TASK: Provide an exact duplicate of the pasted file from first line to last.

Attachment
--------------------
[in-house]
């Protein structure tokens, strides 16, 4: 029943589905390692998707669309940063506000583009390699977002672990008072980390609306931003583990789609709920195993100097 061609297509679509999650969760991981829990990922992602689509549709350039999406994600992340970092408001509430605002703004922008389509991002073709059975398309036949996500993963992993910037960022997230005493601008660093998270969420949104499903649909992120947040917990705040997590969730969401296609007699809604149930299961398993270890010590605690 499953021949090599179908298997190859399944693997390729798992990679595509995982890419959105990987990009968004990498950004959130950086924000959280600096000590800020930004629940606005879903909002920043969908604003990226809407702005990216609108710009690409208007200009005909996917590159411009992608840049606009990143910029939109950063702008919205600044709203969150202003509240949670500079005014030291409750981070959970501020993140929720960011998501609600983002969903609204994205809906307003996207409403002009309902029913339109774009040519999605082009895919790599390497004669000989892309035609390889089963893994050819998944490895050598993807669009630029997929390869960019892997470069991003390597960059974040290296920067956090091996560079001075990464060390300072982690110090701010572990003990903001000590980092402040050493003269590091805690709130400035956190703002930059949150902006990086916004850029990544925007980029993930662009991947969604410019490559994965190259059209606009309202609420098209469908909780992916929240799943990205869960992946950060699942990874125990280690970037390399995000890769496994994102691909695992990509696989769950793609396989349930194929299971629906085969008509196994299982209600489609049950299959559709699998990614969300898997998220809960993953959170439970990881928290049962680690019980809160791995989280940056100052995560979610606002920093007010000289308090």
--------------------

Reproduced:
[in-house]
């Protein structure tokens, strides 16, 4: 029943589905390692998707669309940063506000583009390699977002672990008072980390609306931003583990789609709920195993100097 061609297509679509999650969760991981829990990922992602689509549709350039999406994600992340970092408001509430605002703004922008389509991002073709059975398309036949996500993963992993910037960022997230005493601008660093998270969420949104499903649909992120947040917990705040997590969730969401296609007699809604149930299961398993270890010590605690 499953021949090599179908298997190859399944693997390729798992990679595509995982890419959105990987990009968004990498950004959130950086924000959280600096000590800020930004629940606005879903909002920043969908604003990226809407702005990216609108710009690409208007200009005909996917590159411009992608840049606009990143910029939109950063702008919205600044709203969150202003509240949670500079005014030291409750981070959970501020993140929720960011998501609600983002969903609204994205809906307003996207409403002009309902029913339109774009040519999605082009895919790599390497004669000989892309035609390889089963893994050819998944490895050598993807669009630029997929390869960019892997470069991003390597960059974040290296920067956090091996560079001075990464060390300072982690110090701010572990003990903001000590980092402040050493003269590091805690709130400035956190703002930059949150902006990086916004850029990544925007980029993930662009991947969604410019490559994965190259059209606009309202609420098209469908909780992916929240799943990205869960992946950060699942990874125990280690970037390399995000890769496994994102691909695992990509696989769950793609396989349930194929299971629906085969008509196994299982209600489609049950299959559709699998990614969300898997998220809960993953959170439970990881928290049962680690019980809160791995989280940056100052995560979610606002920093007010000289308090």